No one has invented a word yet for the feelings and emotions you experience after you have just explained to someone that the last time they spoke to their loved one was, actually, suddenly, very unexpectedly, the last time they would ever speak to them alive.
I had been single crewed since the start of my night shift, not very busy as it was midweek and in the middle of the month. It was also summertime so lots of people were on holiday, or feeling the pinch having just been on holiday. I was in the mess room alone, the volunteers had finished and gone home. The messroom radio was playing music and I was relaxing. My handheld radio screeched and vibrated on my belt and brought me back to earth rapidly! The call was a code purple – “life status questionable”. On my way to the Ambulance the radio rang and the dispatcher apologised for sending me alone, but there was no one available to back me up. The city was obviously busier than the rural areas. The dispatcher was a favourite of mine, so I knew they were struggling and I was the last resort. I arrived at the scene and rushed into the residence with all my equipment. I was met by the patient’s distraught partner.
An elderly couple, they had been on holiday recently, as both were tanned. The patient had then been away for work and had returned late the night before. A young grandchild had stayed over and was sleeping in bed with the partner so the patient had slept on the sofa in the living room. When the partner woke, they had gone through to the living room and attempted to wake the patient. As soon as I began to examine the patient it became very apparent they had been dead for some time. Rigor mortis had set in and they were cold. There were other indicators too. This was when I had to explain it to the partner.
I sat them down and explained as sympathetically as I could that there was nothing I could do, their loved one was gone, and I was very sorry for their loss. “There must be something you can do?!”. I shook my head an suggested we put the kettle on and that I should call a relative or friend. This was partially to take the partner out of the room the patient was in. I called the couples’ oldest child (who was in their 50s) and, thankfully, the phone was answered by their partner. I explained the situation and they said they would be at the scene shortly.
I had to do some official paperwork and, because it was still an unexplained death, had to contact Control to arrange for the police to attend. I couldn’t leave until the police had arrived. 5 minutes later the peace was shattered! The patient’s oldest child arrived and went into hysterics – “They’re not dead! They’re just sleeping! Look!”. Trying to explain to a relative that their loved one is currently a crime scene is a very definite never. Trying to stop said relative from shaking the deceased patient is difficult, physically and emotionally. Thankfully their partner intervened.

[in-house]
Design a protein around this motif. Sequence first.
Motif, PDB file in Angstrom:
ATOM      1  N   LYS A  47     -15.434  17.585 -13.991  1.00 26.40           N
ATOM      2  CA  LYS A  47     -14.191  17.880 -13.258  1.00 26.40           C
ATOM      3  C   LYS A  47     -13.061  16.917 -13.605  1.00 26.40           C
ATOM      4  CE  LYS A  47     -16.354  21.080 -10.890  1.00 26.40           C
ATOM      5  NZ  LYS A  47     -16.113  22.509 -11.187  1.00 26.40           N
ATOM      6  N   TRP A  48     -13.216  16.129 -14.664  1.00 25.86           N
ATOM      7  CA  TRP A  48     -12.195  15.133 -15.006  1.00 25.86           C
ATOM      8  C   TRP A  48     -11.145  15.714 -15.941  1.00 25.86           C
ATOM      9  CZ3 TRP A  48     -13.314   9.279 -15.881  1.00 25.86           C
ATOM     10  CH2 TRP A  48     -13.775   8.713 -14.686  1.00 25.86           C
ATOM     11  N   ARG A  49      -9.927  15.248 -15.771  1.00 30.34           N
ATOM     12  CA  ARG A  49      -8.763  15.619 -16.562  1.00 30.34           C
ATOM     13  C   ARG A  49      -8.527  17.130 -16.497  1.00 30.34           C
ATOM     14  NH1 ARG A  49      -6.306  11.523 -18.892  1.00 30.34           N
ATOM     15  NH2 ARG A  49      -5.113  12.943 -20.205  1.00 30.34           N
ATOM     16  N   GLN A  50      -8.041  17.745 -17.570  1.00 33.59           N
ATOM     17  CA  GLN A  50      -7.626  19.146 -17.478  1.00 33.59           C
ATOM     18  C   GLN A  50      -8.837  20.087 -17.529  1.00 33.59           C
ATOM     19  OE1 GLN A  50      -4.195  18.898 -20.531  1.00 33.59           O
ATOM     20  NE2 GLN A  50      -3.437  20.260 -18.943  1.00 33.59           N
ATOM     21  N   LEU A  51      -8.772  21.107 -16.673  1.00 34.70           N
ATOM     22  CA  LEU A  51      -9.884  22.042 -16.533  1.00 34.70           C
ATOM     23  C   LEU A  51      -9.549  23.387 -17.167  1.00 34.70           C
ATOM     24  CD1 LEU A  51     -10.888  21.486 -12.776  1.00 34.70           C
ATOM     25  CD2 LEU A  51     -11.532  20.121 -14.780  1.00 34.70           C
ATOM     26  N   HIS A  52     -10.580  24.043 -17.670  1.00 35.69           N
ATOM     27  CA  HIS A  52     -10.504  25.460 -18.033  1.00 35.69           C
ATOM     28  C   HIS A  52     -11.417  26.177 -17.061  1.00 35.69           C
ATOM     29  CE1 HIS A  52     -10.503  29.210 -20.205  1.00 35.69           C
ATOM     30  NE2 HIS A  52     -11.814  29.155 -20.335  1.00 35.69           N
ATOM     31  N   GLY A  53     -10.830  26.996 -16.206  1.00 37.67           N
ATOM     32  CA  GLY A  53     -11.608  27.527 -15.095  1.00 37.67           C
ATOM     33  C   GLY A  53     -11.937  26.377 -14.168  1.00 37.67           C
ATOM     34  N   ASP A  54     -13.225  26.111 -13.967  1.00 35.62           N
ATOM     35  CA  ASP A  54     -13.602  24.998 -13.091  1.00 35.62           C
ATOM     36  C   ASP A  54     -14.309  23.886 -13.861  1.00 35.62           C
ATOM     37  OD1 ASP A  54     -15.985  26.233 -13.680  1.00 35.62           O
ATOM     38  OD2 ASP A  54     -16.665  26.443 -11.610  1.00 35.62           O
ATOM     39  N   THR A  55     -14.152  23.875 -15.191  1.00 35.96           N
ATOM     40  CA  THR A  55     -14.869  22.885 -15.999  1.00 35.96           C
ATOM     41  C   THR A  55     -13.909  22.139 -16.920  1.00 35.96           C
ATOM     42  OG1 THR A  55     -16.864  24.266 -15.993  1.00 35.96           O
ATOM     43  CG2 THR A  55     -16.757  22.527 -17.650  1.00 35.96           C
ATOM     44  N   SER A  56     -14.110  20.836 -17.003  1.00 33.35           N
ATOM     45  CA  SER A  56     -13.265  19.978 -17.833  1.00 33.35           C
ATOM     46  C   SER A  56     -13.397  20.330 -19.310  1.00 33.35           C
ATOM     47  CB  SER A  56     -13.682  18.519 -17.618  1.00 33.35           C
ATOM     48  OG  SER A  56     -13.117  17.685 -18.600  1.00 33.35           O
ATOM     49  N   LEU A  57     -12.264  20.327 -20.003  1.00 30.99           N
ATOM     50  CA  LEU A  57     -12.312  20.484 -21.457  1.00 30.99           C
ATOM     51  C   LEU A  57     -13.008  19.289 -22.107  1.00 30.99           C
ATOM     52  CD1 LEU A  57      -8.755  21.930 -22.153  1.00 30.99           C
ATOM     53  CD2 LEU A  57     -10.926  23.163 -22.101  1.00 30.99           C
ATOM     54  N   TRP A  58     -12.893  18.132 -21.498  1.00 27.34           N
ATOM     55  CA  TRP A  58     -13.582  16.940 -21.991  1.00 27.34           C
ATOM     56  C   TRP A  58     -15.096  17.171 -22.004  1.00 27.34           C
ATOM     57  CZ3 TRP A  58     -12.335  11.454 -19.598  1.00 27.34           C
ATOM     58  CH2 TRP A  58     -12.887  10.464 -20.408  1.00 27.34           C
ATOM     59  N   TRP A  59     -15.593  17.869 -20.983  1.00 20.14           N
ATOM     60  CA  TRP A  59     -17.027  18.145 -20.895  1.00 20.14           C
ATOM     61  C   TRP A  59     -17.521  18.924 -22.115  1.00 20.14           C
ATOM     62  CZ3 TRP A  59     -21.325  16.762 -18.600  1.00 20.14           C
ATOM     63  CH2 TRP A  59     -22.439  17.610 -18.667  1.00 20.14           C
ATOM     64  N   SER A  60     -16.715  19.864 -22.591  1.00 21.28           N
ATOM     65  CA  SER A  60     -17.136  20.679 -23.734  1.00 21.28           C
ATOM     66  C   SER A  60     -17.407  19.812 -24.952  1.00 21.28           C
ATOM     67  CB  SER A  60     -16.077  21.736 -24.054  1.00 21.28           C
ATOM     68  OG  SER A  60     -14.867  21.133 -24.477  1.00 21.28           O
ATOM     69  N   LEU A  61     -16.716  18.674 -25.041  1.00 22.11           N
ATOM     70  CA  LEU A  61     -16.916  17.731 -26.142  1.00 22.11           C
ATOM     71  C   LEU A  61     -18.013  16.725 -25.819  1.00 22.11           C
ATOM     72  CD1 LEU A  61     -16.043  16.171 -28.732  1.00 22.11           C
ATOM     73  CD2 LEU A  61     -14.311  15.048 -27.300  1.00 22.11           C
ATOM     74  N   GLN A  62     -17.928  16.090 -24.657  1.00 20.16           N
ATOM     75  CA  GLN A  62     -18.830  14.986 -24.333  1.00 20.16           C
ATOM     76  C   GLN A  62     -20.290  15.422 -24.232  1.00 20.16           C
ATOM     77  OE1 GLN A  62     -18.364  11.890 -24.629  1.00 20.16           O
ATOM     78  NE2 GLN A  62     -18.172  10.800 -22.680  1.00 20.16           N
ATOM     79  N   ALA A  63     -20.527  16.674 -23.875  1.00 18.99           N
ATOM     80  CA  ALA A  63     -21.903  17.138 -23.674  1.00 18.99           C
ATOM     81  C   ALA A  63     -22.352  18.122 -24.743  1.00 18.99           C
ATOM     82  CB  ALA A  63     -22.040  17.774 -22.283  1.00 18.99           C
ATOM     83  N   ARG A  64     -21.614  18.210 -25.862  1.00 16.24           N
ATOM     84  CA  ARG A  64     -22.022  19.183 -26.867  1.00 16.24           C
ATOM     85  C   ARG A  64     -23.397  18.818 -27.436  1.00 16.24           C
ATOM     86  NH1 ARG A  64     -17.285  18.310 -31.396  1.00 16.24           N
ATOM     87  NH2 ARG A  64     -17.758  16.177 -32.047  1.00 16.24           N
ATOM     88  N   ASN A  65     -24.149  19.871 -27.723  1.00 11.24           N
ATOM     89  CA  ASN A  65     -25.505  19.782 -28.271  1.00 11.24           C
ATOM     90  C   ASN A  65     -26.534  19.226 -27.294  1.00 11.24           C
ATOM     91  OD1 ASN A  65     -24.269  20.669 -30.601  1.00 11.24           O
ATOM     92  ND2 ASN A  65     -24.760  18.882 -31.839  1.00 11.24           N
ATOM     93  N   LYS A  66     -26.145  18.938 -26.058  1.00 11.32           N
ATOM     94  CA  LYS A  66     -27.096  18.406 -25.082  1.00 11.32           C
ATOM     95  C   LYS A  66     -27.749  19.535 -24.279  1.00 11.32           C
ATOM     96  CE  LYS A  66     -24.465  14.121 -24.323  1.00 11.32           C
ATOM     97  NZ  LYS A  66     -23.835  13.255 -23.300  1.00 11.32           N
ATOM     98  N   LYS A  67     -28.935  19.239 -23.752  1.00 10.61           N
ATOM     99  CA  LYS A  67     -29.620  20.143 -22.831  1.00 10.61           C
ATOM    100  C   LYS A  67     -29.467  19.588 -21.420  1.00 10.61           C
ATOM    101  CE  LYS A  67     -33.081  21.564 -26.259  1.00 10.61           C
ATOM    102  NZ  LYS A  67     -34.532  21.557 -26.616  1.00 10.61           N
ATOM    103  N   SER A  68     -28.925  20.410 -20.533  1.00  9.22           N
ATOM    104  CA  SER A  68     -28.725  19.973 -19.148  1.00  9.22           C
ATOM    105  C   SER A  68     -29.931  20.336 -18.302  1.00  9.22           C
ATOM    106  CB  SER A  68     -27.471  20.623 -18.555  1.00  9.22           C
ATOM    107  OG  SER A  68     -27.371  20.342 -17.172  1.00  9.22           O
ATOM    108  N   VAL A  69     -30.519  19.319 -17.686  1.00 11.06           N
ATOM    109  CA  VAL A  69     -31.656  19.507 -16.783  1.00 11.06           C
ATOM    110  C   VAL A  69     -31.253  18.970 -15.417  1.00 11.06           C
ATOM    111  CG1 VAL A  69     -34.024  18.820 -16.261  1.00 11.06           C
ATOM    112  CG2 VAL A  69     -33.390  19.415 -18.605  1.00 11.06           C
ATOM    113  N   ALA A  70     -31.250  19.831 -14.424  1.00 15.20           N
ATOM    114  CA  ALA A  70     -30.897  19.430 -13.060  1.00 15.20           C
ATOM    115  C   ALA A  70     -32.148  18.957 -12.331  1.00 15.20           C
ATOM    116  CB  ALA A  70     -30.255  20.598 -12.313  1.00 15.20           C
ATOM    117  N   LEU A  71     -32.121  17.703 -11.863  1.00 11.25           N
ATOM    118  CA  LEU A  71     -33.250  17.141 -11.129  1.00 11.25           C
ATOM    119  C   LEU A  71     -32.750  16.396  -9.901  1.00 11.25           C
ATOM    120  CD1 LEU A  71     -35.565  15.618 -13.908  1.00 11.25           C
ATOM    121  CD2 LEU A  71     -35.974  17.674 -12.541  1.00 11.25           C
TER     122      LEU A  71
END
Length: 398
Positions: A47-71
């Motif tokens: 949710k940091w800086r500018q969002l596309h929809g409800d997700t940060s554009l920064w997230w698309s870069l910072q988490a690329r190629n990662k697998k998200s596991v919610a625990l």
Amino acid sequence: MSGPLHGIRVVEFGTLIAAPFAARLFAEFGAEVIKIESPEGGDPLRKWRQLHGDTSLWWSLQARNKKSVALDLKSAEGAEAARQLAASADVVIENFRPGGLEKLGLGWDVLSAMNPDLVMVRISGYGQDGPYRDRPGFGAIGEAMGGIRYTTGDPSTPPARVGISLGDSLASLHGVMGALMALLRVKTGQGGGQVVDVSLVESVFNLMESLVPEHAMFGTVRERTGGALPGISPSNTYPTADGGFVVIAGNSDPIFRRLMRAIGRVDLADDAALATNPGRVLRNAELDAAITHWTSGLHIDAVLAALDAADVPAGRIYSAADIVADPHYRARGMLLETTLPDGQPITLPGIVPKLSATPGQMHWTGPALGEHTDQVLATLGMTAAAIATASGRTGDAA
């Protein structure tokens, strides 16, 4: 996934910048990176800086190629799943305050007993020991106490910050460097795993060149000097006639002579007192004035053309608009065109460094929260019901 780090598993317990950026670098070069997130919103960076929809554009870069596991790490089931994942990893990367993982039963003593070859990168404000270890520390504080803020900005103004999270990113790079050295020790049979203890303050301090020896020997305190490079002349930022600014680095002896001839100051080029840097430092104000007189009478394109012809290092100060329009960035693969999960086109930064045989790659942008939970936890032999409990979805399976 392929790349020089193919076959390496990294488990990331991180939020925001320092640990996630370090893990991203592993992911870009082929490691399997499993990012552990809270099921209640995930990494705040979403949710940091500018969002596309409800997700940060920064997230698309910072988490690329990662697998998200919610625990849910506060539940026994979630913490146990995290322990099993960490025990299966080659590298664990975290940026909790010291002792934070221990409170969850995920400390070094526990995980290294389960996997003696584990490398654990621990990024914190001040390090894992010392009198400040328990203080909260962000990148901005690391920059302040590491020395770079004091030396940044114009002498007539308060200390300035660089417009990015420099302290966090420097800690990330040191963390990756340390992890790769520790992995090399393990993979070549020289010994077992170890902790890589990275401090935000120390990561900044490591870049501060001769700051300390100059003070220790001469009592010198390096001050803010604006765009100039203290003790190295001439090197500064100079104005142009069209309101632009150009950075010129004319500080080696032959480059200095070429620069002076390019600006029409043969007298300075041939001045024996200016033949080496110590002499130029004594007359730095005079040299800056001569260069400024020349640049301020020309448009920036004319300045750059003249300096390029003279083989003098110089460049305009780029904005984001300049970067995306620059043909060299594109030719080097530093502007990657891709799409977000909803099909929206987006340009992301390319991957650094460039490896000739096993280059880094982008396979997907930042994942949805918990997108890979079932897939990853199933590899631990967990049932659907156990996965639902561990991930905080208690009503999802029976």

I felt extremely lonely, the bearer of bad tidings, the outsider in a moment of family grief. I took the words of a close friend seriously at that moment – “a wise man once said….nothing”. The police finally arrived and I handed over to them, gave them my paperwork and left. There was no point talking to the deceased patient’s partner, there was nothing I could do or say that would help. Their child’s partner nodded at me on my way out, a “thank you”, accompanied by a painful smile. It made me feel slightly better.
A different shift, still single crewed, night shift again. The radio came to life as I drank another cup of coffee. “Pt fallen down stairs, ?#L arm”(query fractured left arm). It sounded simple enough. Then the radio rang – “5638. Apologies for sending you to this job single crewed, we are aware of protocols”….uh oh… “Pt is a known alcoholic and is intoxicated, backup will be en route as soon as I have someone available”. Single crewed personnel should not be sent to alcohol related jobs, a rule frequently broken by desperate dispatchers.
I arrived to find a very drunk patient screaming in pain, their partner at breaking point, not knowing what to do anymore. The reason for the screaming became apparent very quickly – the patient was in severe pain, having fractured their humerus (the thick bone between the shoulder and elbow) and was waving their arm around in a grotesque fashion! Crepitis was a word I’d learned during training – when the two ends of a fractured bone rub together. I’d felt it before in various patients’ bones, that night I heard it from the other side of the room!
The involvement of large quantities of alcohol negated my ability to use most of the analgesia we carried, so I called control to get a second opinion from the duty Paramedic Advisor (more to have a backup should anything go wrong). We agreed that entonox, “gas and air”, would be acceptable. This might have worked, had the patient been more sober and willing.
I tried to explain the benefit to the patient, their weary partner tried too. More screaming and screeching. Eventually I managed to get some form of sling attached to the patient and secured the elbow to the patient’s body, a slight immobilisation of the arm. Backup finally arrived. I explained the situation and they took the patient away. I’m not sure who was most relieved, myself or the patient’s partner. I met the crew that had backed me up at a few more jobs that night, and at each job they commented on how they’d struggled with the patients all the way to hospital, and how I must have struggled on my own.
Thankfully, I’m reliably informed, single crewed shifts are less common now. Although I found it was a very good way to learn fast.